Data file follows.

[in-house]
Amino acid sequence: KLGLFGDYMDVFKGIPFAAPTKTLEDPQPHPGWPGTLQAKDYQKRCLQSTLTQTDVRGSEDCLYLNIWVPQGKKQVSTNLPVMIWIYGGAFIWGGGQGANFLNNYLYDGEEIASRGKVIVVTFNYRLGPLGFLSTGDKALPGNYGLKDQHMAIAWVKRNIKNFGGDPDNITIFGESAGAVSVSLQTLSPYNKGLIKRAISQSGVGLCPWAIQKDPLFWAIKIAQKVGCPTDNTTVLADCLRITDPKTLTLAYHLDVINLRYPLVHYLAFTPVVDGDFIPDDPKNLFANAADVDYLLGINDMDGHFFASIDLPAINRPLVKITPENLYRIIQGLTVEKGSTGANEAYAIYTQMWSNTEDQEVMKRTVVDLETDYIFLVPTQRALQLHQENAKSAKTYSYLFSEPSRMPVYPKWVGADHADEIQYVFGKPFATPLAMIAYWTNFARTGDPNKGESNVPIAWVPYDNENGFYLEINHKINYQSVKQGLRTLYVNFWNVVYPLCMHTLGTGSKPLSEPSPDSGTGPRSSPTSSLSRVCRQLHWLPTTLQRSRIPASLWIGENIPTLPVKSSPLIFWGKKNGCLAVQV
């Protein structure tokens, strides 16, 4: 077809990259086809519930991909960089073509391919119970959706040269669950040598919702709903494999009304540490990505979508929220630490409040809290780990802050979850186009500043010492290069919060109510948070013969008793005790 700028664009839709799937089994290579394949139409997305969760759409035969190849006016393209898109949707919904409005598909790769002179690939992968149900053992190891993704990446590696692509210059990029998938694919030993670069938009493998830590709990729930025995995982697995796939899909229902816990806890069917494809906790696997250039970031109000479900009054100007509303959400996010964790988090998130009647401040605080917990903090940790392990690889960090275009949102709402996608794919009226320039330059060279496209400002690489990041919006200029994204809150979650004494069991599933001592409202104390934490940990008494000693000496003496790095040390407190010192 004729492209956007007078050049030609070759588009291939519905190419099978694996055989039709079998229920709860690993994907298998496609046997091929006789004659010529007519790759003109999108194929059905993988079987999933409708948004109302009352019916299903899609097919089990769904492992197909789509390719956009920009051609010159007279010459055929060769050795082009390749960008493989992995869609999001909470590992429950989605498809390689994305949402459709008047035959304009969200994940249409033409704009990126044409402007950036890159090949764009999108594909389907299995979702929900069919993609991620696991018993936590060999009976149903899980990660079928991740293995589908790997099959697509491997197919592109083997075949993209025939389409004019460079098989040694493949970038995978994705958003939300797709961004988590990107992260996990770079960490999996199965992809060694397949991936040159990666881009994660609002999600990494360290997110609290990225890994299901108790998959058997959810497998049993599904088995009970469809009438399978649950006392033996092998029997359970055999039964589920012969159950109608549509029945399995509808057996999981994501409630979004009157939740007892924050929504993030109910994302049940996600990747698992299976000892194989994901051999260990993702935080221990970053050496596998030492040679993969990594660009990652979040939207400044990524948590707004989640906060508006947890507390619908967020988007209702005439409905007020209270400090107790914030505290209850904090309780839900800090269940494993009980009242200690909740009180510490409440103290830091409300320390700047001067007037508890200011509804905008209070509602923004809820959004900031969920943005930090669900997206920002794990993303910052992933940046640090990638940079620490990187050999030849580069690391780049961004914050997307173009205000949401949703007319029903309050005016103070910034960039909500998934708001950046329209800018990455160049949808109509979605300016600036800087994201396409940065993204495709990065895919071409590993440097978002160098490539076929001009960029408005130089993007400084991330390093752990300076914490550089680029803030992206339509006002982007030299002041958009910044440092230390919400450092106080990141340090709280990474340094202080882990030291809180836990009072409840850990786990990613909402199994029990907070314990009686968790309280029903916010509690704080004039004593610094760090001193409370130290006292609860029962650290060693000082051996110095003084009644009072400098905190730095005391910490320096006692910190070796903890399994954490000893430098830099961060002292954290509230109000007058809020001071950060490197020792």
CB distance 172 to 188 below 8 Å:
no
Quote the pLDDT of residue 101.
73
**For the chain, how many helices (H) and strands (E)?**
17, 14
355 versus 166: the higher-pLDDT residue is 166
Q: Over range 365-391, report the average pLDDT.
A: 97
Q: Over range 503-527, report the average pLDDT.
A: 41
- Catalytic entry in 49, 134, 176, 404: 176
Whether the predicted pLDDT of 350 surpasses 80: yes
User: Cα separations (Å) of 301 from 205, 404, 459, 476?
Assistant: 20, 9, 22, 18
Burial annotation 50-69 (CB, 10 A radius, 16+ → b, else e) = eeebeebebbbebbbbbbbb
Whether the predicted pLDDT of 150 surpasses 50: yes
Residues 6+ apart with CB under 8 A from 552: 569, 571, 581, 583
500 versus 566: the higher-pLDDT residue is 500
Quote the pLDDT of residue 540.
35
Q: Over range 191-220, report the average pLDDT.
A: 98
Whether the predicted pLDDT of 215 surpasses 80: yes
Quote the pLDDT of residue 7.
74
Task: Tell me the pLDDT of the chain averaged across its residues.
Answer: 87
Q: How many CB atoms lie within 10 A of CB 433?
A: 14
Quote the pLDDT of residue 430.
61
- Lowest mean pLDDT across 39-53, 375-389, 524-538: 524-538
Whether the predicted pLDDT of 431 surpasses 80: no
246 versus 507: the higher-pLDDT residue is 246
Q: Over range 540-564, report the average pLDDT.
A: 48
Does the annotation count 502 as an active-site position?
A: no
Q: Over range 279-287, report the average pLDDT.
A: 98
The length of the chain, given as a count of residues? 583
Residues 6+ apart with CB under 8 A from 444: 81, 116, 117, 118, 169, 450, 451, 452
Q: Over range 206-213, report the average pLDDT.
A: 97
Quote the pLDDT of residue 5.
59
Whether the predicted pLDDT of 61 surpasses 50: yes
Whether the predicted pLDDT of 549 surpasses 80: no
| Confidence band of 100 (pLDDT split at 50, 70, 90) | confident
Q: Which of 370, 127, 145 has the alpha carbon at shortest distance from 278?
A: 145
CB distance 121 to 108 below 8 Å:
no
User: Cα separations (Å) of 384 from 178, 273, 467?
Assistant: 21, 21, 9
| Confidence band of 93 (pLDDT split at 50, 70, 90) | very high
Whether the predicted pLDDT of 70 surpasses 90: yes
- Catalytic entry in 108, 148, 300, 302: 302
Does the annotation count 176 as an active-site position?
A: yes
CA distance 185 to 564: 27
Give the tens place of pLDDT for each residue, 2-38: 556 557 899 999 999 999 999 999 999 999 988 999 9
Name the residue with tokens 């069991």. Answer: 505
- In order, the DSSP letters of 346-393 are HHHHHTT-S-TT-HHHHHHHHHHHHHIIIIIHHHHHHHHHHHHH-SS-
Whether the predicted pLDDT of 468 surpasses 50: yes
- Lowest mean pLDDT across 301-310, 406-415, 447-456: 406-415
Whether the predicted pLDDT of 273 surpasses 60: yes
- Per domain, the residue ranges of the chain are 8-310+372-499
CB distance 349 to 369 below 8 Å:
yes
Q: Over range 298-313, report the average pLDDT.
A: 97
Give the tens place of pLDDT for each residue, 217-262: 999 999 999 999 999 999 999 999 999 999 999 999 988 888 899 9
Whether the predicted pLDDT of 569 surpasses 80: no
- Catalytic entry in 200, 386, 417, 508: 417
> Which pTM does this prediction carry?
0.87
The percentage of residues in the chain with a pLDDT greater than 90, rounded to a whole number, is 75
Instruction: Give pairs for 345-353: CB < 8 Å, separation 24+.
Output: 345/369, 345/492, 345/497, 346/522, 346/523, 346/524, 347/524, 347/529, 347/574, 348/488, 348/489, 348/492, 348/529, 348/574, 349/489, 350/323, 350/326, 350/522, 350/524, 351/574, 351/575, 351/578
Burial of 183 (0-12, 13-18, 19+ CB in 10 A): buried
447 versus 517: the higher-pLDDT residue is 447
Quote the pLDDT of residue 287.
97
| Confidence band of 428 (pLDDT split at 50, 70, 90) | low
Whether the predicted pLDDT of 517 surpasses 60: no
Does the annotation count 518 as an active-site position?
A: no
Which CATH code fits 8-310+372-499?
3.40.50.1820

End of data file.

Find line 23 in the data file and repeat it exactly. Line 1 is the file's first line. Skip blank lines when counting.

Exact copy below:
Quote the pLDDT of residue 540.